A publication featuring student work from the Department of English and Communications at Salve Regina University.
BY CIARA SPELLER
I t was like walking into a scene of “Willy Wonka & the Chocolate Factory,” with a touch of Santa’s workshop, if you can imagine something of that nature. Or maybe entering a world foreign to most, but one every little girl would dream of. Doodads, thingamabobs, trinkets and widgets of all sorts hang from ceiling to floor. Pinks, purples, plaids and royal fabrics and textures most have never laid eyes on decorate the walls. It’s a fairytale dream come to life, allowing all who wish to experience this magical world to come aboard. It’s Charlene Rich’s world of Miniature Occasions and Dolls.
“We consider it art,” says Rich, the owner of the store, referring to her shop’s collection of vintage dolls. Entering her shop, one would think her collection would catch the eyes of young girls who long to play with these special characters, but most of her clients are adults from all over the country. Sending out custom orders as far as California and Minnesota is a norm for Rich.
Her passion for miniatures and handcrafted items dates back many years prior to the store’s opening. “Before opening this store, I lived in Korea designing dolls for stores in the states,” Rich explains darting in and out of trunks and cases filled with treasures from the 1950s. After her return from Korea, Rich decided it was time to open her own store to share her passion with individuals like herself. Her original boutique in the lower Thames area opened in 1986, but was short lived. She then relocated to Bellevue Avenue in 1991 where her boutique has flourished ever since.
This land of fantasy also features antique dollhouses and marionettes dating back to the early 1900s. One of Rich’s favorite pieces is a restored dollhouse from 1914. Inside this unique historic house are intricate rooms and furniture, replicating a house of its time.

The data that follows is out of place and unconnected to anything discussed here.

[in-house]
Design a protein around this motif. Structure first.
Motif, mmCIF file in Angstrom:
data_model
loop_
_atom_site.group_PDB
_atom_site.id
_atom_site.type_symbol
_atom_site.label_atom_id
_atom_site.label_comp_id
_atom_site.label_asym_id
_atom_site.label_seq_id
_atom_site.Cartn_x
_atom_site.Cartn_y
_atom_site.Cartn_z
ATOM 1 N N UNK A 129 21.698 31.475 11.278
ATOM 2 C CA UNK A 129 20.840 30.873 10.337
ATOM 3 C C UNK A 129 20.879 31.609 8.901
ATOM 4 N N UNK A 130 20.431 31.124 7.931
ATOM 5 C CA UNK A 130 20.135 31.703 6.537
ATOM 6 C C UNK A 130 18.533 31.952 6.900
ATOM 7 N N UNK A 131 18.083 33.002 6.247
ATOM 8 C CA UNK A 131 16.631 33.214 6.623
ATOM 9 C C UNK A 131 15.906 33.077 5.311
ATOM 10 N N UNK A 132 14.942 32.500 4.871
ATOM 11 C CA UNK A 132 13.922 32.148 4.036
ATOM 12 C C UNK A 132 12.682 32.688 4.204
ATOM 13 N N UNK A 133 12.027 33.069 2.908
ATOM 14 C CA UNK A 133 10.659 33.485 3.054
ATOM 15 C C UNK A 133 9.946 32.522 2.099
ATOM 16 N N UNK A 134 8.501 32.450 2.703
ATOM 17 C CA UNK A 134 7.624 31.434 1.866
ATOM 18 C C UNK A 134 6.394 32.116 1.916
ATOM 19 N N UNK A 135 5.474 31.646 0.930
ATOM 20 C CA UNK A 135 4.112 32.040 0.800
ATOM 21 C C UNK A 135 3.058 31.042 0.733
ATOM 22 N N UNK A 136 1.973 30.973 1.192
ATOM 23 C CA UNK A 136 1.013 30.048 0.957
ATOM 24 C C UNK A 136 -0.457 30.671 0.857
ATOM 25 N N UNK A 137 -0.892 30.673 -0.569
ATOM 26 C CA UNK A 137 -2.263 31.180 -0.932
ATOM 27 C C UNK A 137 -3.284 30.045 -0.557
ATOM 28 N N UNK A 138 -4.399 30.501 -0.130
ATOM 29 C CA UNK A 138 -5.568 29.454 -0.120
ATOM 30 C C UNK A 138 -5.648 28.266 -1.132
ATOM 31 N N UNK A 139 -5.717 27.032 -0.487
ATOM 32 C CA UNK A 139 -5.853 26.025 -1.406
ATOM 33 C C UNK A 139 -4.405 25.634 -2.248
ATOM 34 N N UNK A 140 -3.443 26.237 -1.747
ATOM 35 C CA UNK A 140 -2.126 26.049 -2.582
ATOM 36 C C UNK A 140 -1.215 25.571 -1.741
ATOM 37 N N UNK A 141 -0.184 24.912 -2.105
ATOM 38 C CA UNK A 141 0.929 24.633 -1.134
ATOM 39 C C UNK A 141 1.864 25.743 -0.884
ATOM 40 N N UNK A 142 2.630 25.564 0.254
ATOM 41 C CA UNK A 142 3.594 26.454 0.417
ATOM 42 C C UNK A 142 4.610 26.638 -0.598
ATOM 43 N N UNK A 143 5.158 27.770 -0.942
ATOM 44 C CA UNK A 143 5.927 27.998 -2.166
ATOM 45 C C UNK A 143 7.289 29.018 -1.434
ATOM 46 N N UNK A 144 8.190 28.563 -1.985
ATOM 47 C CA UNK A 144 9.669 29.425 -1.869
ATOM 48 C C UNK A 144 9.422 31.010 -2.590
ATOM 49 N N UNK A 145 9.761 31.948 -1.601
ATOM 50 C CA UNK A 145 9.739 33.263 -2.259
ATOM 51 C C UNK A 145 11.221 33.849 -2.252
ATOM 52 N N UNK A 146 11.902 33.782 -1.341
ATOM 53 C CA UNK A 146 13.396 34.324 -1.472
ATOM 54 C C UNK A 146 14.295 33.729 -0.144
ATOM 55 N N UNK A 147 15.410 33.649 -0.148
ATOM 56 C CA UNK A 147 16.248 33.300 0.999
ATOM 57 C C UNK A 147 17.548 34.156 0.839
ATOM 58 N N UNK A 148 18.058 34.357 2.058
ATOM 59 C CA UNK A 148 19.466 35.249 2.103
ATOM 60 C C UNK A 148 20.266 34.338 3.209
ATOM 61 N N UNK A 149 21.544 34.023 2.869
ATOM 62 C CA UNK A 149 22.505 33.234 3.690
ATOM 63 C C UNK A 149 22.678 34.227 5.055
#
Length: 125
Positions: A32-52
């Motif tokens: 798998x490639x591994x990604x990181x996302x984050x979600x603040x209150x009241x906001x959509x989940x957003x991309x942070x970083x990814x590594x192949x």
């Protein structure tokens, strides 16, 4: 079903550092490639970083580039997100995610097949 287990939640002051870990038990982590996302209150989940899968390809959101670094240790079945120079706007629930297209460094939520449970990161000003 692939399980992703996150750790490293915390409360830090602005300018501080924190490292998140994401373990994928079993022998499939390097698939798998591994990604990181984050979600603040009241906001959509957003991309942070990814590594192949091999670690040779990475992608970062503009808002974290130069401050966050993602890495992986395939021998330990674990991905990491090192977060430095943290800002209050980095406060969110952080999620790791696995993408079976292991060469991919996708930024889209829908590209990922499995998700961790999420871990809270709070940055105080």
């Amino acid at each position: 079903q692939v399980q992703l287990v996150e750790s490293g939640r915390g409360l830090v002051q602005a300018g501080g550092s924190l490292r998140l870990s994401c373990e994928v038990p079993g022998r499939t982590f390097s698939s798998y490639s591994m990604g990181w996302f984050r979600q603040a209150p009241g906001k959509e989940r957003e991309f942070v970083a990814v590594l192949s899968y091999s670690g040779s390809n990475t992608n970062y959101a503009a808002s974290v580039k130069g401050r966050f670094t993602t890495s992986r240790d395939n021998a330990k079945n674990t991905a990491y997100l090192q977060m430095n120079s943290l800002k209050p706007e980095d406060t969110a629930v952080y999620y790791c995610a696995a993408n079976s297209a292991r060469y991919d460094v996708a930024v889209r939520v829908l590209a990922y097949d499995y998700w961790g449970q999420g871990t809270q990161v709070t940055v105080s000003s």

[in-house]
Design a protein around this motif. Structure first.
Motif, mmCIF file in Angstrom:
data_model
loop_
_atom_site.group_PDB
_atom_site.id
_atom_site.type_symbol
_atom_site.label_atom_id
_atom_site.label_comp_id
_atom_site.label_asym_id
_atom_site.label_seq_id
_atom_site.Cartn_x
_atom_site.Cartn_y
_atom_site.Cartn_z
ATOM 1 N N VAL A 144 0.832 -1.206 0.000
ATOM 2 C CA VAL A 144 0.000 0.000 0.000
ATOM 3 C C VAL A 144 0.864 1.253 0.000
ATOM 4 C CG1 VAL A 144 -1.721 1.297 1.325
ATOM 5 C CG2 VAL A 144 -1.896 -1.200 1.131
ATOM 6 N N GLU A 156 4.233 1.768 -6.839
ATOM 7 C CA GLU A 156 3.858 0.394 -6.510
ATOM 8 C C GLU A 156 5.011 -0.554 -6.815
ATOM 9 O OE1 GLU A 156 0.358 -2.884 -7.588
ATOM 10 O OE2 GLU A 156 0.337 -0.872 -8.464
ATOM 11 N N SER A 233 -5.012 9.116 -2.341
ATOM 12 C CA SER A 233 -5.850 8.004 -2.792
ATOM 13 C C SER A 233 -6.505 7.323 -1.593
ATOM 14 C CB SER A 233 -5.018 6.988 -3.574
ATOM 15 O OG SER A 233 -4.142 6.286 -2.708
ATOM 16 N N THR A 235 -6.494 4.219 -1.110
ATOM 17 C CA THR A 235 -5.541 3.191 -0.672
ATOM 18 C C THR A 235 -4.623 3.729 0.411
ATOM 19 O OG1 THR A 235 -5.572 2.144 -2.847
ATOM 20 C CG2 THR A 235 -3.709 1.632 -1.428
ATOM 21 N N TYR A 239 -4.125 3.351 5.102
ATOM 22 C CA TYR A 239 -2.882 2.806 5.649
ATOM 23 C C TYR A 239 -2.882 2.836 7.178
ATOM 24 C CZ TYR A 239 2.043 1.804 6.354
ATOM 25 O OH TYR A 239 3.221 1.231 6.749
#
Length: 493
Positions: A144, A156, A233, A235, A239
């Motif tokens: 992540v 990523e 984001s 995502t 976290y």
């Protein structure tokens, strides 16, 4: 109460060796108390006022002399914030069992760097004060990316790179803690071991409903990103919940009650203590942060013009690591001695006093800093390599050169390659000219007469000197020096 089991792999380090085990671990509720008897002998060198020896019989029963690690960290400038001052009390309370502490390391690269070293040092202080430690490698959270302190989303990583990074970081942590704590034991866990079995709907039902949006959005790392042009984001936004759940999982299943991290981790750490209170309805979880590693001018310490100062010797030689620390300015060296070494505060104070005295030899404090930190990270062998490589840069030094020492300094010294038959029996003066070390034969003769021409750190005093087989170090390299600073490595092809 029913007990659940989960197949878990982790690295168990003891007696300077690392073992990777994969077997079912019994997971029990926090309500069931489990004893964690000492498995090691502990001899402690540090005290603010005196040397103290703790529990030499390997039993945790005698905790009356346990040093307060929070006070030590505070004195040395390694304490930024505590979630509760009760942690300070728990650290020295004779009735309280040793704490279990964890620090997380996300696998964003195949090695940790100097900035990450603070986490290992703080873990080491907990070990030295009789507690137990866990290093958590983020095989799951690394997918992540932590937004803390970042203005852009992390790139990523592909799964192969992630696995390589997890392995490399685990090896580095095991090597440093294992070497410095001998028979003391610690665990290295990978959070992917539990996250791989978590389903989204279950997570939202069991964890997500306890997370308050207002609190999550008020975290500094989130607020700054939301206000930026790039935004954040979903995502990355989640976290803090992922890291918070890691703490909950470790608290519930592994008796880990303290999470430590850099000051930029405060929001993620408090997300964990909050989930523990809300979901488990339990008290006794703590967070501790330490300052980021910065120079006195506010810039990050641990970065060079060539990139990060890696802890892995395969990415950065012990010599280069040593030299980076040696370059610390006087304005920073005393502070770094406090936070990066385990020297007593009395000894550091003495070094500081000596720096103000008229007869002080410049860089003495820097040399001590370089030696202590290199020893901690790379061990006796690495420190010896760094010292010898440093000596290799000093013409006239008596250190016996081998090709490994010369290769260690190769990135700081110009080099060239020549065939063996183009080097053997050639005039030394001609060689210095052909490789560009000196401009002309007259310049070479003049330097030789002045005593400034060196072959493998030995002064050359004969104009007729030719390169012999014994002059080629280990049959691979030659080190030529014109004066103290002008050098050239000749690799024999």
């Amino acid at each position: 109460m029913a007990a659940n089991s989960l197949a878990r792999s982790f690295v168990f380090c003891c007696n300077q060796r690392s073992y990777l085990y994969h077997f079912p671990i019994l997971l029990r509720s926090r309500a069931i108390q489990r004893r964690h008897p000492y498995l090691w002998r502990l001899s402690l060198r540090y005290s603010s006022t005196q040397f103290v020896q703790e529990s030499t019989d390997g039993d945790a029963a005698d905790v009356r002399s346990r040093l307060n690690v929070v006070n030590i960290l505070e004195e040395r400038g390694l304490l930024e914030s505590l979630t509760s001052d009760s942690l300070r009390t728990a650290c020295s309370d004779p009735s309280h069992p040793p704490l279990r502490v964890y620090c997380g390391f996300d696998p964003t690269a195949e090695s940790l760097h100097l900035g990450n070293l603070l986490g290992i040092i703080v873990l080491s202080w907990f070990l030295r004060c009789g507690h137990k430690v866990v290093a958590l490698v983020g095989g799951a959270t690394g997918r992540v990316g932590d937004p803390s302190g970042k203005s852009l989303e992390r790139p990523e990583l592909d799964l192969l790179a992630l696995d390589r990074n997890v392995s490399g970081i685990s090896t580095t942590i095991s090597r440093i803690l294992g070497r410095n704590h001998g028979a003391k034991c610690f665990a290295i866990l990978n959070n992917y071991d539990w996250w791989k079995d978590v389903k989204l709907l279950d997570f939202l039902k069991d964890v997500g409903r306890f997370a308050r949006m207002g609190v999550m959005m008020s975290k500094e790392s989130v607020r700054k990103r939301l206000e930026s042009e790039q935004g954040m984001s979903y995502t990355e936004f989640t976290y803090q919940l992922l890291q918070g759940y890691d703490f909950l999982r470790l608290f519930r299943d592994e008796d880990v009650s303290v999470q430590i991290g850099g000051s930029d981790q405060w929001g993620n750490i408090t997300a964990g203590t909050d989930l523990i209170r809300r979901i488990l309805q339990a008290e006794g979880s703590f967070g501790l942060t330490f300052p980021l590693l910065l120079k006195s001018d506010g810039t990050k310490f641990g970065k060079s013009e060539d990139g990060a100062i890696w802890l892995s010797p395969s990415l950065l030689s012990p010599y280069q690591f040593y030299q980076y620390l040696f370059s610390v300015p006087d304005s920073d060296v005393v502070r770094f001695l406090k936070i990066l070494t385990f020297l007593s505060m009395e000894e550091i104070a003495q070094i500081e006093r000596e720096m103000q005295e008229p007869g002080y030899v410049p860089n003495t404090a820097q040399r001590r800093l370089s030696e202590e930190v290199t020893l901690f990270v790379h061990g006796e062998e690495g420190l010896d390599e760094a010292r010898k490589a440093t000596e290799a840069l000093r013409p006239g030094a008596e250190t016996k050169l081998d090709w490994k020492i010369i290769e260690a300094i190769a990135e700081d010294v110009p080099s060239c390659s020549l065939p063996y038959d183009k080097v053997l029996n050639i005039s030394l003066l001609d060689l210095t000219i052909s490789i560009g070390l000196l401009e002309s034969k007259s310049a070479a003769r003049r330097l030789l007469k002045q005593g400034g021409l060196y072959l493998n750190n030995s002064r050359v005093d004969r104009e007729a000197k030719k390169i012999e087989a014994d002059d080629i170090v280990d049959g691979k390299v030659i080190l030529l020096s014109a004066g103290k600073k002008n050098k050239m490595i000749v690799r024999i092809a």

The dolls reenact a scene from this era, sitting up in wooden-pillared beds, playing with old-fashioned toys, and even eating at kitchen tables with handcrafted dishes. The scene truly gives a sense of what life during that time was like. You can’t help but step back and imagine how much time and dedication must have gone into these works and recognize Rich as an artist, much like a da Vinci or van Gogh of dolls.
Rich often refers to her regular customers as her friends, as some of them have been with her from the start. Those are the kinds of things that bring a smile to Rich’s face—the memories that are made and shared in her shop. Rich has welcomed celebrities such as Aretha Franklin in her shop and any number of famous doll-makers. Her work has been featured in the “Yankee Travel Guide,” the “Boston Globe” and other media outlets, but Rich remains humble, never letting the “fame” get to her.
Sitting at her desk, drilling away to restore an antique, Rich is doing what she enjoys the most. “When you do a repair for someone who hasn’t seen a piece in a long time and they are happy with the results, it makes me feel so good inside,” she says.
And that’s magic.